One of the advantages of getting older is I don’t panic as easily as I did when I was younger. I think it’s a combination of slower reaction time and the reality that I just don’t have as much to lose anymore.
All this media frenzy over the swine flu reminds me of what I consider its culpability in my own brush with death. The ambiguous “its” can refer to swine flu and/or the media.
I was a lot younger in 1976 and so were my children. Eric was 6 and Rob was only four. Swine flu had reared its ugly head, and to protect us from harm, a massive immunization program was implemented. We were warned that since we had no immunity to this deadly virus, all able bodied Americans should be immunized. It sounded almost like our patriotic duty to do so. At the least, it seemed like our parental duty to protect our children.
Jim and I had a disagreement over the immunization.
“I’ll take my chances with the flu,” Jim said. “It sounds like scare tactics to me. Somebody is going to make a whole lot of money out of this.”
“Well, I’m getting the shot. I’d feel just awful if I caught the flu and gave it to the kids,” I argued. I played the guilt card, and asked, “You won’t even do this for the safety of our kids?”
“It’s just a bunch of hogwash,” he said.
My motherly instincts overrode Jim’s common sense, not to mention my own. I should have known that if you drove up in a car, stuck your arm out the window and had someone shoot an untested vaccination in your arm, it couldn’t be good. But I did it. I can’t remember just where the location of the drive-thru shot took place, but I think it might have been a bank.
I was all right for a few days after the immunization for swine flu and I figured life would return to normal. I slept better for a few nights smug in the knowledge that I had done all I could to protect Rob and Eric.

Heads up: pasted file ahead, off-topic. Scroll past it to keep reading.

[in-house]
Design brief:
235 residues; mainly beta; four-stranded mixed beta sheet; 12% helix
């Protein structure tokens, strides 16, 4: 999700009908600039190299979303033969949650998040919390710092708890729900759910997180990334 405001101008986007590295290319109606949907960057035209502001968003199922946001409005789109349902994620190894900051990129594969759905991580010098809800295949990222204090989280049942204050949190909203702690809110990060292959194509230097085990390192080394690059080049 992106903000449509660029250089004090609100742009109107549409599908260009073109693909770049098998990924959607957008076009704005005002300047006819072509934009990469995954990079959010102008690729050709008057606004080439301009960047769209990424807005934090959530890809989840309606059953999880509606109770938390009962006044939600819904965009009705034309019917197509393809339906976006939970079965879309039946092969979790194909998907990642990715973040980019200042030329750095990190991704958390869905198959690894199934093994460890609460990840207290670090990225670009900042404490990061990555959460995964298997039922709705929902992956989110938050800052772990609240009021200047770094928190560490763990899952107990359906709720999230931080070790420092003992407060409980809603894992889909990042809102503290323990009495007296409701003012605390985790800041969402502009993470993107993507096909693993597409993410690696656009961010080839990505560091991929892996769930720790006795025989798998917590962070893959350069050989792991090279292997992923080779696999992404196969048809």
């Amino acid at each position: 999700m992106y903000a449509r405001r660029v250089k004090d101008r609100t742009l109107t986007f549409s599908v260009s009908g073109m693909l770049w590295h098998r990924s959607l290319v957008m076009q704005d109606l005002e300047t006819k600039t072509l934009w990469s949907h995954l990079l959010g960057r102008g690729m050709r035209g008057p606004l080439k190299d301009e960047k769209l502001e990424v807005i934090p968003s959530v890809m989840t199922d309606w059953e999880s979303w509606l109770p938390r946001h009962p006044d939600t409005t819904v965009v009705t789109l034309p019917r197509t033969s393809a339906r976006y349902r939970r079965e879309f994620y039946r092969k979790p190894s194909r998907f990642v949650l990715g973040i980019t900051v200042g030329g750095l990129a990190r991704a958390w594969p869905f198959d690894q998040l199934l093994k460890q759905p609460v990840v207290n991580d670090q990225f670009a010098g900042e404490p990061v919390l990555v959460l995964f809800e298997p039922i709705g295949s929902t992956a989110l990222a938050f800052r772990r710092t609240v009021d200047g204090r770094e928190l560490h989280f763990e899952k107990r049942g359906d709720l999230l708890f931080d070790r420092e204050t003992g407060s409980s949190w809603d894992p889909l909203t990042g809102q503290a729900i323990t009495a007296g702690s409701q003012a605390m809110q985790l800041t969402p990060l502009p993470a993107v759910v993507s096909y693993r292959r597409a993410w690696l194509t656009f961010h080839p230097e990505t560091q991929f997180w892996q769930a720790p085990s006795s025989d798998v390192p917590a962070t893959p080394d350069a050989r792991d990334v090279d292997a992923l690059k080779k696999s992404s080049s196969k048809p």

About a week later, I began to develop some rather strange symptoms. I was fatigued and overcome with a general malaise. I barely made it through the day. My arms and legs seemed heavy, my head pounded behind my eyes, and my body ached. I wanted to sleep all the time. I was sure I would shake the mysterious ailment in a few days.
Days passed. Each day I struggled just to function. Then, a few weeks passed. We didn’t have health insurance, and I figured my vague complaints wouldn’t help my doctor figure out what was wrong with me. I remember being so despondent that I held a bottle of pills in my hand and considered taking them all. Instead, I just took a double dose and slept some more.
After six weeks, I began to feel slightly stronger each day and within a couple of months, the mysterious illness vanished without a trace.
I never connected my health issues to the swine flu vaccination, until the dangers of mass immunization began to make headlines. More people died from the immunization than from the swine flu.
I recently read an article in the paper that the swine flu, or the politically correct H1N1 virus, may not be as bad as originally feared. The comforting word was that next fall an immunization may be available for it.
Well, I'll be immunized for swine flu when pigs fly! I’d rather take my chances with the flu. Something tells me I might have a whole lot of immunity.